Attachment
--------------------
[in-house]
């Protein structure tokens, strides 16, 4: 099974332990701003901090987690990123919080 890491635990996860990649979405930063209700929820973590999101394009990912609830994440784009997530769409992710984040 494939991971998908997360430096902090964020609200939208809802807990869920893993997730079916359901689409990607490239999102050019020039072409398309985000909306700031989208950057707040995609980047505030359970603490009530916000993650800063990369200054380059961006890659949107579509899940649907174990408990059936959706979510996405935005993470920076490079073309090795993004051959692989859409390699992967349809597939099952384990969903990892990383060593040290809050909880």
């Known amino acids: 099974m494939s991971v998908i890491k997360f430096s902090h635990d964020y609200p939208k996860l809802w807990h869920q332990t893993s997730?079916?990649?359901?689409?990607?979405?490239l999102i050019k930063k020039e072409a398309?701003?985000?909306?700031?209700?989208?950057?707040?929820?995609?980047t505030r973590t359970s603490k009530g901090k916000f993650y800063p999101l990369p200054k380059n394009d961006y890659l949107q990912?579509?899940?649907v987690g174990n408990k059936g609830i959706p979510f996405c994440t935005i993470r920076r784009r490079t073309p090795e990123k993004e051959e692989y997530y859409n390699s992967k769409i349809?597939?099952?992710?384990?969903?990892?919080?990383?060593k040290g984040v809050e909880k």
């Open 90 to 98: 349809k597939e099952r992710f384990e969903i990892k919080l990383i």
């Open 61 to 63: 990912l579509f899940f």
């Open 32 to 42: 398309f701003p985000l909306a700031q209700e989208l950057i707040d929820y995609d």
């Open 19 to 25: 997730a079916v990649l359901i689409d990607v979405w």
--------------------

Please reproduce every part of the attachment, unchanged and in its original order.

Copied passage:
[in-house]
């Protein structure tokens, strides 16, 4: 099974332990701003901090987690990123919080 890491635990996860990649979405930063209700929820973590999101394009990912609830994440784009997530769409992710984040 494939991971998908997360430096902090964020609200939208809802807990869920893993997730079916359901689409990607490239999102050019020039072409398309985000909306700031989208950057707040995609980047505030359970603490009530916000993650800063990369200054380059961006890659949107579509899940649907174990408990059936959706979510996405935005993470920076490079073309090795993004051959692989859409390699992967349809597939099952384990969903990892990383060593040290809050909880």
């Known amino acids: 099974m494939s991971v998908i890491k997360f430096s902090h635990d964020y609200p939208k996860l809802w807990h869920q332990t893993s997730?079916?990649?359901?689409?990607?979405?490239l999102i050019k930063k020039e072409a398309?701003?985000?909306?700031?209700?989208?950057?707040?929820?995609?980047t505030r973590t359970s603490k009530g901090k916000f993650y800063p999101l990369p200054k380059n394009d961006y890659l949107q990912?579509?899940?649907v987690g174990n408990k059936g609830i959706p979510f996405c994440t935005i993470r920076r784009r490079t073309p090795e990123k993004e051959e692989y997530y859409n390699s992967k769409i349809?597939?099952?992710?384990?969903?990892?919080?990383?060593k040290g984040v809050e909880k």
């Open 90 to 98: 349809k597939e099952r992710f384990e969903i990892k919080l990383i």
């Open 61 to 63: 990912l579509f899940f």
């Open 32 to 42: 398309f701003p985000l909306a700031q209700e989208l950057i707040d929820y995609d």
């Open 19 to 25: 997730a079916v990649l359901i689409d990607v979405w």